?Madrid: n.p., 1750.
Broadside: 43 x 31 cm.
A very rare and attractive broadside papal bull. A fine, crisp copy, untrimmed, with horizontal fold and a few light creases. With blank (“unaccomplished”) spaces where the name of the purchaser and the date are to be written. With five woodcuts: Saints Paul and Francis, the arms of the reigning pope (Pope Benedict XIV), the arms and xylographic signature of Francisco Pérez de Prado y Cuesta (1678-1755), Commissar General of the Holy Crusade and Grand Inquisitor; and the cross of el Consejo y Comisaría de Cruzada (Council and Commissariat of the Crusade).
This crusade bull grants indulgences to inhabitants of the Viceroyalty of Peru and Tierra Firme (encompassing regions in present-day Colombia, Panama, Venezuela, Jamaica, etc.) who take part in the crusade against the Ottoman Turks and other infidels for a period of one year. Those who cannot personally take part may also gain the indulgence by contributing money for the crusade, or by paying for someone to enlist on their behalf. This bull, originally issued by Pope Urban VIII (1623-44), is here reconfirmed by Pope Benedict XIV.
The "bull of the crusade" ("bula de la cruzada") had been granted to Iberian monarchs since the Middle Ages. While the original objective was to motivate the knights and nobility to take up arms, by the late fifteenth-century the crusade bull was modified to permit almsgiving as an alternative to soldiering. The money raised was then used to fund professional armies. In the seventeenth and eighteenth centuries, the sale of crusade indulgences funded Spanish campaigns in north Africa, against the Dutch Protestants, the Turks, the English, and in the New World.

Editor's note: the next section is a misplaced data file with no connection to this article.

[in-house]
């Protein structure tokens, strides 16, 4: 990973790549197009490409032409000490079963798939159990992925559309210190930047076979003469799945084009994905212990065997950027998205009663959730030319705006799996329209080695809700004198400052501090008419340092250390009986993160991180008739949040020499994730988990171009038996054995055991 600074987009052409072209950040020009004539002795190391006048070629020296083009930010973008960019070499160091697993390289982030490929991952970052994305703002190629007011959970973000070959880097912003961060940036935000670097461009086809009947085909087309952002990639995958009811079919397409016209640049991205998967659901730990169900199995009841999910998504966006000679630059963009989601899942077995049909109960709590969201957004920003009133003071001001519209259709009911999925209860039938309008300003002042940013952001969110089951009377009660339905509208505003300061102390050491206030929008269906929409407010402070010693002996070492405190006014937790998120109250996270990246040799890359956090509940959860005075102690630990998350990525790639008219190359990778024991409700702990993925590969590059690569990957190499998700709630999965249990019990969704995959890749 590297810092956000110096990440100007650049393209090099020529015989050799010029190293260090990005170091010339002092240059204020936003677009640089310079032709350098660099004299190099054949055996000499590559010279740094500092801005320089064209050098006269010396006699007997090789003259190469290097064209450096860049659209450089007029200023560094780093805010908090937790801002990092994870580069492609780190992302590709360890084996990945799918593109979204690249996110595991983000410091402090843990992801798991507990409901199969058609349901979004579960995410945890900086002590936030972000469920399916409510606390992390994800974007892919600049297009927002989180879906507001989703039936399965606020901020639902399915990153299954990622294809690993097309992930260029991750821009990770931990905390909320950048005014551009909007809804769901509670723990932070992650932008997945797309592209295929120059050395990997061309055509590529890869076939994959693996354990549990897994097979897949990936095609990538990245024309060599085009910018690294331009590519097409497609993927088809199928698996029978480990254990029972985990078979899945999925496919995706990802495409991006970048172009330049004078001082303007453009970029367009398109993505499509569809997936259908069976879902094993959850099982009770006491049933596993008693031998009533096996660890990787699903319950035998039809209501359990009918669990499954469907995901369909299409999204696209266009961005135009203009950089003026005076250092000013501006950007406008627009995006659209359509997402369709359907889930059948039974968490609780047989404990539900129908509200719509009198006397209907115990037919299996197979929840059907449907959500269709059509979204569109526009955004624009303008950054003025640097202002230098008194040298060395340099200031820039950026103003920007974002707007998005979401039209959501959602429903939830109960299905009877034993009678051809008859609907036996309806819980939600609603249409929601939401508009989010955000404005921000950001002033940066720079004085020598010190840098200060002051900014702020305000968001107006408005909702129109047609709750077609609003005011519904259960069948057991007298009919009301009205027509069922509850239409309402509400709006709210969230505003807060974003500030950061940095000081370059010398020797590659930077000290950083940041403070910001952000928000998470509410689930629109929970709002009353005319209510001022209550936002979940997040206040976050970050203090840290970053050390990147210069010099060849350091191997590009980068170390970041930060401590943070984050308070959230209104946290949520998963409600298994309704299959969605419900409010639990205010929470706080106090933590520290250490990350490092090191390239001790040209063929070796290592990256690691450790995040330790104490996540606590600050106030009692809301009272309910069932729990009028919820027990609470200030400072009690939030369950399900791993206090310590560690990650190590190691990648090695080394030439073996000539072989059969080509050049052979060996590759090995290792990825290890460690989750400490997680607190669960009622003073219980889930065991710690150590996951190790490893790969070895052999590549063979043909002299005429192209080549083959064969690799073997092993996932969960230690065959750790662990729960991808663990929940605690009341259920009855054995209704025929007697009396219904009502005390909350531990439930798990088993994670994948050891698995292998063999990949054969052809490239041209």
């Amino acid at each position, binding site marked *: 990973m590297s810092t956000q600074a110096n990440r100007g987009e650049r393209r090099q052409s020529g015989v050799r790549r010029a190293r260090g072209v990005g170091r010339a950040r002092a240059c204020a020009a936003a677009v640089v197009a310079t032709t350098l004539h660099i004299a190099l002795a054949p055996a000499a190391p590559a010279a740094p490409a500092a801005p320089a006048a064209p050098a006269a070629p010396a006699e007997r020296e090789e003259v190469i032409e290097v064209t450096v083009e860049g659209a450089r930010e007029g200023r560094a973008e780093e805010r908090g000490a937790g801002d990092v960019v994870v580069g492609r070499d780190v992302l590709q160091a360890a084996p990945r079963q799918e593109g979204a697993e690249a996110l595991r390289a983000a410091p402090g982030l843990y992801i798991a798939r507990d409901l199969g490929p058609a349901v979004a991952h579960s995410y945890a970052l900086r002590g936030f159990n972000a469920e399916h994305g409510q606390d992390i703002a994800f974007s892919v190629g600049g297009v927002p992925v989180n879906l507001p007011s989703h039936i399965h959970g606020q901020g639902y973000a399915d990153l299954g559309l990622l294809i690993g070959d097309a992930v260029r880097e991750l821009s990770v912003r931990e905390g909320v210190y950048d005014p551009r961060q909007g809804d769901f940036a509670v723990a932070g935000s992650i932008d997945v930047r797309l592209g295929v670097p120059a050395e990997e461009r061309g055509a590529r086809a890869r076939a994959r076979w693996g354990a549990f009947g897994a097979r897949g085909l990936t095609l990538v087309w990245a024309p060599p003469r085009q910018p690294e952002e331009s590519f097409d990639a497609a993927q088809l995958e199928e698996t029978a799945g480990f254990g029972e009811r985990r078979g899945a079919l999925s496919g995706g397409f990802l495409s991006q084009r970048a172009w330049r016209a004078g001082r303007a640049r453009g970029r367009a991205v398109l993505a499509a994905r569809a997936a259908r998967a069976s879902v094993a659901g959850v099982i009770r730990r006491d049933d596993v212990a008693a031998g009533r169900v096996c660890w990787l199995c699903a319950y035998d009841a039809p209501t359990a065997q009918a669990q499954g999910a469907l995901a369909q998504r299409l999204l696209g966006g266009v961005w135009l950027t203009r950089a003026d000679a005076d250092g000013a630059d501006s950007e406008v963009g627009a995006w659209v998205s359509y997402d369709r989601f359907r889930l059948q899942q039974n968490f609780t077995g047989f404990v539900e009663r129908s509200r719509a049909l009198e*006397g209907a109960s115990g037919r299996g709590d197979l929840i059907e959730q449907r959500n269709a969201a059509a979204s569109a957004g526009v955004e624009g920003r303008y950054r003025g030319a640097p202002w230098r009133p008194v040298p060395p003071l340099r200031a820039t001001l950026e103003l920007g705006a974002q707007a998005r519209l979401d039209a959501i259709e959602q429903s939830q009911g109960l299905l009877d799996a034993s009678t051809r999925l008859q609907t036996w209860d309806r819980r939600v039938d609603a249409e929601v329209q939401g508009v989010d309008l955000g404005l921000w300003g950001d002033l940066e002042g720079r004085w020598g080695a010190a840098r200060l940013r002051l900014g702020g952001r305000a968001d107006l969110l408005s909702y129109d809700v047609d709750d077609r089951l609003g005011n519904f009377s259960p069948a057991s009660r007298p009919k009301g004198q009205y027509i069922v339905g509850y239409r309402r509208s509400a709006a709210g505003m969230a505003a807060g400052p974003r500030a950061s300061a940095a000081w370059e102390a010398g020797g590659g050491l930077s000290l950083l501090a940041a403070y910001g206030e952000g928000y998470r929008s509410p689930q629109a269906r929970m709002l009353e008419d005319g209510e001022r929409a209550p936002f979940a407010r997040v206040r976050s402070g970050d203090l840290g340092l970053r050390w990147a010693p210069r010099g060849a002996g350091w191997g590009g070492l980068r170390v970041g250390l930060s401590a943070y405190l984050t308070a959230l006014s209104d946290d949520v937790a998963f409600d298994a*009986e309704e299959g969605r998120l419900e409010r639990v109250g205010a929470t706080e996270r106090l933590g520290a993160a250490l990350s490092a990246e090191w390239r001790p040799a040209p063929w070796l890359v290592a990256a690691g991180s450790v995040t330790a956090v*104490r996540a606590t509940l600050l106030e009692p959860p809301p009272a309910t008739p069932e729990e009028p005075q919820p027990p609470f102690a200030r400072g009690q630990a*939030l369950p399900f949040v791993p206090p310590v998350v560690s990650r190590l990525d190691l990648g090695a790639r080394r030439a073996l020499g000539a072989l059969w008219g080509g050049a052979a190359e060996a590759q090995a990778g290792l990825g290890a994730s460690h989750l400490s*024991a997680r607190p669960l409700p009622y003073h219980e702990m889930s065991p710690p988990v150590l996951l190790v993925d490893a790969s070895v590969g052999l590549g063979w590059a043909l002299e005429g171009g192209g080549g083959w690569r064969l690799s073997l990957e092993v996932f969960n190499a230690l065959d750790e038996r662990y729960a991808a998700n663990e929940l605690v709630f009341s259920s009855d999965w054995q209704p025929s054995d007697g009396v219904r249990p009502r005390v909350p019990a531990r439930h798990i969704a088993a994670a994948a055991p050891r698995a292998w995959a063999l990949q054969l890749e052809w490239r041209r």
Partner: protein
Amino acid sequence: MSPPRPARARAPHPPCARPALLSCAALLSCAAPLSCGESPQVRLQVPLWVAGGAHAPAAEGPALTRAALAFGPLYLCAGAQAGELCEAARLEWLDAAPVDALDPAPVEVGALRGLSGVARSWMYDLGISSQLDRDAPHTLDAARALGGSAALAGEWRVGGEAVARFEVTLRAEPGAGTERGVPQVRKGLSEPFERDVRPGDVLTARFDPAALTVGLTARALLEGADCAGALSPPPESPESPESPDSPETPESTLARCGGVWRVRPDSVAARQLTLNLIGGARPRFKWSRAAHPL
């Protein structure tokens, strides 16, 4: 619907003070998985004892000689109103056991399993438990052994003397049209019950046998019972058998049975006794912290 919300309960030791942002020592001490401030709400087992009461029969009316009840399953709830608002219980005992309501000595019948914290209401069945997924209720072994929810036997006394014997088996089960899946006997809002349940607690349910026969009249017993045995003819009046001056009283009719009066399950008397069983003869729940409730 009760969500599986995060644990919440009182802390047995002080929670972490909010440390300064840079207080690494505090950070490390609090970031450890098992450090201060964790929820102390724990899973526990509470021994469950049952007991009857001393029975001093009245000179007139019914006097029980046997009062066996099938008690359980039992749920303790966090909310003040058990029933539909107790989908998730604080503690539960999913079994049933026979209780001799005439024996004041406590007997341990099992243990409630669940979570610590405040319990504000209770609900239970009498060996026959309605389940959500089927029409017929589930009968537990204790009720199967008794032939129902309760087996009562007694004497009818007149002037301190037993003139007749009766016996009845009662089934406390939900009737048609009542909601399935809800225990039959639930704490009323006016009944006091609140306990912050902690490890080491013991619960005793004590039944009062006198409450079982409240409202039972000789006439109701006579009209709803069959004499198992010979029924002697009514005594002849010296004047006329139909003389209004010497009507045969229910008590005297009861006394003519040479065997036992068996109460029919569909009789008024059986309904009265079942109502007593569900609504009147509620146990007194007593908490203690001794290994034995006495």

The printed broadside (buleta) functioned both as a promise of indulgence and as a receipt. A blank space has been left for the name of the purchaser, who will pay alms of two Spanish silver reales.
The indulgence ends with a list of churches in Rome where, on specified days, the pilgrim may gain various indulgences, including, in certain instances, the release of a soul from Purgatory. Those guilty of heresy cannot benefit from the indulgence.
The bull is signed by Bishop Francisco Pérez de Prado y Cuesta (1678-1755), Commissar General of the Holy Crusade and Grand Inquisitor.
The Council and Commissariat of the Crusade (Consejo y Comisaría de Cruzada) had advisory, judicial and government powers to manage the income from the bull of the crusade on behalf of the Spanish Crown.